Democrats are regrouping after an election defeat in Georgia, with some questioning the leadership of Nancy Pelosi, the House minority leader.
Two psychologists — whom C.I.A. officials have called architects of a program that used techniques widely viewed as torture, a designation they dispute — are being sued on behalf of former prisoners.
Jurors cleared a police officer of wrongdoing in the death of Sylville Smith, which touched off two days of protests and violence in August.
Separately, we asked legal and police experts to view the dashboard-camera video of the fatal shooting of Philando Castile during a traffic stop. They offered their takes, frame by frame.
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In today’s show, we talk about the resignation of Travis Kalanick, Uber’s former chief executive, with the reporter who has been writing about him for years.
• In his last hours as Uber’s chief executive, Travis Kalanick was presented with a list of demands from major shareholders. One was that he step down by the end of the day.
• The government’s consumer watchdog joined a chorus of warnings today about problems with a federal program that lets people who take public service jobs have their student loans forgiven after a decade.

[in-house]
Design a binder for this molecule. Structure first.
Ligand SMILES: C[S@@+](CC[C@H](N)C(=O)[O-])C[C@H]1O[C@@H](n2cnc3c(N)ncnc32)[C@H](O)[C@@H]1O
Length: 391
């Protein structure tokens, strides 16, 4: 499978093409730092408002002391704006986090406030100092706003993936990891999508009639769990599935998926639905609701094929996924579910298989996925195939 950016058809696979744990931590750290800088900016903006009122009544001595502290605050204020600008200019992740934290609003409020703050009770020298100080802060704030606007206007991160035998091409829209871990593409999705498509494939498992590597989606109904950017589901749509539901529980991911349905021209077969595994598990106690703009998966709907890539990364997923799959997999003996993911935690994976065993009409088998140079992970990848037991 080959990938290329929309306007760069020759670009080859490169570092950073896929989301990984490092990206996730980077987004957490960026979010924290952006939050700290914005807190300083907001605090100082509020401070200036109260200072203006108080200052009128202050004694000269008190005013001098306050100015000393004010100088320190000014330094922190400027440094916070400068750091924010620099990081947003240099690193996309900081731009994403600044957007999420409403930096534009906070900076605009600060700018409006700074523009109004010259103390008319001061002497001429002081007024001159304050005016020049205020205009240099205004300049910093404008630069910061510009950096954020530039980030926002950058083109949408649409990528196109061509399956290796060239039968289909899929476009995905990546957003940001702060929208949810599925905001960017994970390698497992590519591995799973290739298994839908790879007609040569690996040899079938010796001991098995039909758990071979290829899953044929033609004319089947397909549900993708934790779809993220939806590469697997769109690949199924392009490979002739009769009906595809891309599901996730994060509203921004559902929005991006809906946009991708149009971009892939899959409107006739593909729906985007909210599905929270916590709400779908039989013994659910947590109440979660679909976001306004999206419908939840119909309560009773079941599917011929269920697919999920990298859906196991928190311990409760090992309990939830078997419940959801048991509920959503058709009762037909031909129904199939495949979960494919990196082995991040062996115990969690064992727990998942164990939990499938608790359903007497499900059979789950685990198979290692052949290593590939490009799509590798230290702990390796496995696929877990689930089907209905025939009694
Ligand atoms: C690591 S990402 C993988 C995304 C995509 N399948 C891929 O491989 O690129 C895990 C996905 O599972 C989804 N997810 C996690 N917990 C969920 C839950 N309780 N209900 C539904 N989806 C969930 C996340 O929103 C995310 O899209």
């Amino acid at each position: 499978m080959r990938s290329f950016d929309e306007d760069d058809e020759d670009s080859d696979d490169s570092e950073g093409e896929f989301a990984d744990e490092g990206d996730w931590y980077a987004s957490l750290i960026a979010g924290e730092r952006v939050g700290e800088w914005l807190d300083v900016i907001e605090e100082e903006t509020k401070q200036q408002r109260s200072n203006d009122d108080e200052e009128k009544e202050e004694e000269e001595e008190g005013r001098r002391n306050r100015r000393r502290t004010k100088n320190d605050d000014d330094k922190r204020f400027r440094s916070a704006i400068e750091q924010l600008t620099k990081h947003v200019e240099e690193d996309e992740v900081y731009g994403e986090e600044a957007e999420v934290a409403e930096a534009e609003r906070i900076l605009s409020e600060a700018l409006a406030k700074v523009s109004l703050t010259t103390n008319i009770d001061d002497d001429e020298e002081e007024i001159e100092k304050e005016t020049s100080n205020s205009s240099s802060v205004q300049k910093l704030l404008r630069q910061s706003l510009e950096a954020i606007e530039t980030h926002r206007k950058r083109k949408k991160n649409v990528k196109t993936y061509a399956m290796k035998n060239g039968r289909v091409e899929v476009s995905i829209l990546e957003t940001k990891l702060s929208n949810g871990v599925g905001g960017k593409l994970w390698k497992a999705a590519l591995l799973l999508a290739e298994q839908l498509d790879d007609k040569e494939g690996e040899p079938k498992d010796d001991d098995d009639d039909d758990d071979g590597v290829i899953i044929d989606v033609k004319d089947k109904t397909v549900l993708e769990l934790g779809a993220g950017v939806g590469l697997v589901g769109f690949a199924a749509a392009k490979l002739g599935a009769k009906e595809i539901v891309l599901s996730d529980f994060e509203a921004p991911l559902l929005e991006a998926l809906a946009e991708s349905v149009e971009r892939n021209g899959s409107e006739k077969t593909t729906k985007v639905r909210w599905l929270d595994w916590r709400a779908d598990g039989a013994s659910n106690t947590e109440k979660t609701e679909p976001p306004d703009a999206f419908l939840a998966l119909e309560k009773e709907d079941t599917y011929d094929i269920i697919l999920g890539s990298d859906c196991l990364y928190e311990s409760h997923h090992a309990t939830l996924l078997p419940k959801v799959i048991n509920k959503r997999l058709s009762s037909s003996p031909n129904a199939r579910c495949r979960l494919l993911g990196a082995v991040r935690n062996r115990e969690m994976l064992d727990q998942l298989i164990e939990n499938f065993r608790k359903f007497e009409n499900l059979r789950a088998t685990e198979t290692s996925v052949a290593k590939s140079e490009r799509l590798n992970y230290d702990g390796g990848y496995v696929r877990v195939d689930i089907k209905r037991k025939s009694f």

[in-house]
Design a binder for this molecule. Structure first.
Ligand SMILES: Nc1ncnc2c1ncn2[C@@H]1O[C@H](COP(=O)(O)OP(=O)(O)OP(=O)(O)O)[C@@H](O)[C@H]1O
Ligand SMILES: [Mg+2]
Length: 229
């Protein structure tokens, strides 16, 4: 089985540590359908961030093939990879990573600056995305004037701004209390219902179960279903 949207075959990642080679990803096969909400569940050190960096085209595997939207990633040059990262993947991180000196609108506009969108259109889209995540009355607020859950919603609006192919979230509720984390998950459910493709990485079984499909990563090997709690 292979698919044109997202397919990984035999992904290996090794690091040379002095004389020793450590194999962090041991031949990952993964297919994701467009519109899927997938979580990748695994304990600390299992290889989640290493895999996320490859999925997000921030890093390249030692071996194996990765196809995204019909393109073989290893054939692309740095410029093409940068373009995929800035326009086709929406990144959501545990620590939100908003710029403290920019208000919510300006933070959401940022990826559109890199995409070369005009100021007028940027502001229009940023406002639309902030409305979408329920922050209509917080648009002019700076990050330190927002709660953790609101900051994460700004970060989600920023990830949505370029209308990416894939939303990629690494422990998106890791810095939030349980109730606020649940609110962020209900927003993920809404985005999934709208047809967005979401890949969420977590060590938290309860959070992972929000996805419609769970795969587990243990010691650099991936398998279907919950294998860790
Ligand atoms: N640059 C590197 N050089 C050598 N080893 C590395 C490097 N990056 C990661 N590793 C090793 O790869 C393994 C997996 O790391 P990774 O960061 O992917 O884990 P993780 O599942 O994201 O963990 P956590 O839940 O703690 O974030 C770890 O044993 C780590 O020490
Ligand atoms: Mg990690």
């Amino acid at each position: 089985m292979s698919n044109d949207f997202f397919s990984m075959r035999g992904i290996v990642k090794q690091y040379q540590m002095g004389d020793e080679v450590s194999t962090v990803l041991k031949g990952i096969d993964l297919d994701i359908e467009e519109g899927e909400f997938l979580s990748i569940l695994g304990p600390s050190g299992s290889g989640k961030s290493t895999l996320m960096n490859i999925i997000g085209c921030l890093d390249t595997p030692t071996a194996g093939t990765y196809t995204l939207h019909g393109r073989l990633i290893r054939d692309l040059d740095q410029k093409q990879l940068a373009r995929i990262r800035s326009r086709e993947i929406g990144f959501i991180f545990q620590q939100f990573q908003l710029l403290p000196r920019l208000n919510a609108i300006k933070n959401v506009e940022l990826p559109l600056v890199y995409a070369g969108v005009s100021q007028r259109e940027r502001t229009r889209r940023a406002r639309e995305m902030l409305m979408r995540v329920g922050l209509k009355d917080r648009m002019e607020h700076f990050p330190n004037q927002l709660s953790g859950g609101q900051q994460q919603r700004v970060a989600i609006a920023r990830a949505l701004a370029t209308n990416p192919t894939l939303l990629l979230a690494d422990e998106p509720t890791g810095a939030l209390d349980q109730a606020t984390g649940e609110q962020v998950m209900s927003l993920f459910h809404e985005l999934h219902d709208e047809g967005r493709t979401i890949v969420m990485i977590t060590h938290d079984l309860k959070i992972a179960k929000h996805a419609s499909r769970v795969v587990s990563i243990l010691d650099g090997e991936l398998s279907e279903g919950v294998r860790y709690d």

• Recipe of the day: For a light meal, try this kale and snap pea salad with a ginger, miso and rice vinegar dressing.
In today’s 360 video, follow along as window washers clean a Manhattan skyscraper.
Four children from a fishing village in Nigeria were among thousands abducted by the militant group and trained as soldiers.
There’s wide agreement about the two players most likely to be picked first tonight: Markelle Fultz of Washington and Lonzo Ball of U.C.L.A. We look at what to expect after that.
Our columnist also compared the Lakers, who have a plan, to the Knicks, who have … the triangle offense.
“They kept telling me every day a nuclear bomb was going to be exploded in the United States and that’s because I had told them to stop, I had lost my nerve, and it was going to be my fault if I didn’t continue.”
— John Bruce Jessen, a former military psychologist accused of helping to devise interrogation techniques used in secret C.I.A. prisons, testifying in a suit filed on behalf of former prisoners.
The story of Galileo Galilei demonstrates many things, not least that science keeps evolving.
It was on this day in 1633 that the Italian scholar renounced what we now accept as fact: that the Earth orbits the sun, not the other way around.
His discovery of Jupiter’s larger moons in 1610 made him question the prevailing assumption that the Earth was at the universe’s center.
His advocacy of the heliocentric theory earned him mockery, censure and, in 1633, a trial in Rome, at which he was forced to recant before a jury of cardinals. He vowed that he would “abjure, curse and detest” his findings.
The declaration saved him from being burned at the stake, but led to house arrest for the rest of his life.
It took the Roman Catholic Church more than 350 years to acknowledge that Galileo had been wronged — though astronomers now tell us that the sun is not immobile, but orbits within the galaxy, pulling the planets along with it.
Today, Galileo’s discoveries seem obvious. But all things are easy to understand once they have been discovered, he wrote. “The point is in being able to discover them.”